View Full Version : Shenandoah North to South. Many questions.

12-23-2011, 22:43
I am a section hiker and am ready to do a 100 mile section and was thinking that SNP would be a great place to go. I am just starting to plan and think about the possible trip and have a few questions to get me started. How many days should i give myself to do the whole park north to south.( I read that the park does rise several thousand feet but it does it gradually and farily easily.) Are there any good spots to drop off food along the way so that I dont have to carry my entire trips food at once? Water sources and weather? I plan on going the last week in march. I know that I am asking a lot but know that this is one of the best sites to come for some of the info. Thank you for your time and any input or thoughts you may have.

12-23-2011, 23:22
The answers to most of your questions are best found in a guide book. You should buy one.

How long will it take you? A week to 10 days for most people, but not knowing you, who can say?

There is a fair amount of flatish trail, but there are a number of stiff climbs. Remember, the trail takes the most difficult and least desirable path along the ridge, and that ridge does have bumps. The road takes the easy path.

I don't think any of the camp stores or roadside food joints are open in March. I think you will have to carry all your food.

Weather in March will either be really nice or really bad. In any 7-10 day streach in March, you can count on both.

12-23-2011, 23:30
see my comment in your other thread: http://www.whiteblaze.net/forum/showthread.php?79408-SNP-North-to-South&p=1230236#post1230236

wrt camp stores - there is a fair chance that the Big Meadows camp store would be open in the last week of March see http://www.nps.gov/shen/planyourvisit/facilities-opening-schedule.htm

12-28-2011, 17:11
you could hitch into stannardsville at hwy 33 and into luray at hwy 211 and get resupplied.

12-28-2011, 18:49
Big Meadows Wayside generally opens the last weekend in March ( 31st is Saturday ) unless bad weather closes the Skyline Drive.
The town of Elkton is also an option for a short hitch if in need of a launderette or a food store . There's also a small store at the foot of the mountain which will certainly be open in March and has a small variety of food items. Bear Market I believe is the name and is actually only about 3 miles down the mountain from Swift Run Gap.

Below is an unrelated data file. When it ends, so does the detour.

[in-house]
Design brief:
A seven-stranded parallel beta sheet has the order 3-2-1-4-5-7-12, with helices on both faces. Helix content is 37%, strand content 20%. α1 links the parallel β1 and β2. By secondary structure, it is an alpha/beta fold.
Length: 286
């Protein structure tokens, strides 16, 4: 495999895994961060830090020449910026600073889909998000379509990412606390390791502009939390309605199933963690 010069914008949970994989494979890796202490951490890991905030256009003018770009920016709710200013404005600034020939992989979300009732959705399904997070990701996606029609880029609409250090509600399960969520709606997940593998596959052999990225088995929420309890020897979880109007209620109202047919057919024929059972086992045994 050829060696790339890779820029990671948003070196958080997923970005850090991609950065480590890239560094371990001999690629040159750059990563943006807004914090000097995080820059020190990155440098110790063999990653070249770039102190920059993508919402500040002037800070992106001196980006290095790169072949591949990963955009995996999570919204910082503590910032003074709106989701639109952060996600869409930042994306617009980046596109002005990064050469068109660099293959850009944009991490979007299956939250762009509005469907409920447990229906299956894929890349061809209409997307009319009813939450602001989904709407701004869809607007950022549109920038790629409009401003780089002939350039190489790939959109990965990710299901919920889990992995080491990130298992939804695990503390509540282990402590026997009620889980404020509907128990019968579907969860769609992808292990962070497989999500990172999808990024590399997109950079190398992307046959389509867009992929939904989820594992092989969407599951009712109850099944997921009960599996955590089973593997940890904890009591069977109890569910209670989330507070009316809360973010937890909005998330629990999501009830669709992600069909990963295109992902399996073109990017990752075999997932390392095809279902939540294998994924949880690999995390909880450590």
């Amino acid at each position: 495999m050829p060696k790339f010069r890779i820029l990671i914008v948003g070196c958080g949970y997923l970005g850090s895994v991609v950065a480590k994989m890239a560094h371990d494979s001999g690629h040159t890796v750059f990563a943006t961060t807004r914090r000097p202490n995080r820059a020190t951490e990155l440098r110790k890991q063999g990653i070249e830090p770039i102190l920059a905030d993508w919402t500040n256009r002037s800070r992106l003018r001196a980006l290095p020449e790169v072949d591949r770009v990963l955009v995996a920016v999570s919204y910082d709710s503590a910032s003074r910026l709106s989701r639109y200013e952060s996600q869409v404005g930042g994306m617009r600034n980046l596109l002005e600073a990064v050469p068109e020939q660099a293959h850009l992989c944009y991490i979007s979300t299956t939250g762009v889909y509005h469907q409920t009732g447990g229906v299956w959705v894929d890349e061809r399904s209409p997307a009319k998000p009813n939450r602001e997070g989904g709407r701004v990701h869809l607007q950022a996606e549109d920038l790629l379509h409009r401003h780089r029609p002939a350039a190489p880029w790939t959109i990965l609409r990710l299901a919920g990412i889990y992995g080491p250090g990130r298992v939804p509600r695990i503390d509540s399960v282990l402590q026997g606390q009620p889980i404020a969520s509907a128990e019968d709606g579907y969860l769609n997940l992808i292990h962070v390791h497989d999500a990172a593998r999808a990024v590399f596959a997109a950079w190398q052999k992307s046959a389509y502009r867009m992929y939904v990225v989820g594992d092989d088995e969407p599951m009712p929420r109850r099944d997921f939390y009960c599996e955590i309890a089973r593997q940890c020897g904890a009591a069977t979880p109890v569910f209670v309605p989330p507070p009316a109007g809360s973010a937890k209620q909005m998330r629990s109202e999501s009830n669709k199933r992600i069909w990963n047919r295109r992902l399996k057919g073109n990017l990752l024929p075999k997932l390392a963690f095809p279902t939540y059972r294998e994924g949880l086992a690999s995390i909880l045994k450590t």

12-29-2011, 09:38
If you really want to do SNP, I agree with Slo, you should pickup up a guide book - It will point out water sources and give you an idea of weather expectations, camping areas, areas of interest, etc.... I would also go the the NPS site and get info about SNP, including weather expectations. I have hiked there in March in snow and again in sunny 80 degrees and flowers. You will be anywhere between the two. I don't find the ups/downs bad in fact, rather gentle, others thought it was extremely hilly. YMMV... You're young - are you in shape? Obese? can you walk 10-12 miles with a few 4-500 foot hills thrown in?
As for food - You'll be out there 7-10 days.... For that period, I probably would carry my food for the entire trip. I wouldn't count on Big Meadows being open long hours, although they are scheduled for March 23rd. I've seen these places open for the season and in the first week, they stock very little new grocery food items and spend their time cleaning, re-arranging camping items from last season, performing maintenance and such. The food deliveries start coming in within the first week or so...
However, If you are set on caching food, make sure you know exactly where you put it. Count paces and use very easily identifiable landmarks. Walk around it to make sure you know it from all angles. Get a GPS coordinate if possible.
For example (True story). Getting out of an air conditioned truck after driving on an old jeep road and placing jugs of water under rocks by the "Big Joshua Tree that's 50 paces East from a jutting rock ledge", sounds very specific and easily identifiable. However, after trudging through the hot desert for 4 days, your perspective changes. There are no big Joshua trees - they all look the same, everywhere I look are rock ledges and every spot by the old road looks like the last one. I'm thirsty, tired and now feeling a bit panicky if I cannot find my water cache.. I finally found it but it took over 2 hours of searching

12-29-2011, 22:22
you could hitch into stannardsville at hwy 33 and into luray at hwy 211 and get resupplied.

Actually hitching to Ruckersville (past Standarsdville) will net you Wally World

12-29-2011, 22:25
PATC maps of the park are helpful.

ADLHA companion (http://www.aldha.org/comp_pdf.htm) for water sources, shelter areas, waysides (where you can buy your food) and resupply points off trail. You need a backcountry permit - which is obtained at the hiker kiosk as you enter the park via the AT. Check on opening dates (http://www.nps.gov/shen/planyourvisit/facilities-opening-schedule.htm)for the waysides within the park. No way would I haul 7 days of food, there is no need depending on the time period you intend to go and what is open.

Figure on around 7 days

12-29-2011, 22:37
Actually hitching to Ruckersville (past Standarsdville) will net you Wally World

actually if its not Sunday you can just get down to the base of the ridge to Goose Pond Rd. intersection with Rt. 33 and then call for the Greene County Transit bus to take you over to Ruckersville or most other places in Greene County - $2.50 for the ride one way

12-30-2011, 15:40
you could hitch into stannardsville at hwy 33 and into luray at hwy 211 and get resupplied.

Elkton, on the west side of Swift Run Gap (US 33), is another place to resupply. Quick hitch down and back.

12-30-2011, 16:50
What is a good shuttle service in the park?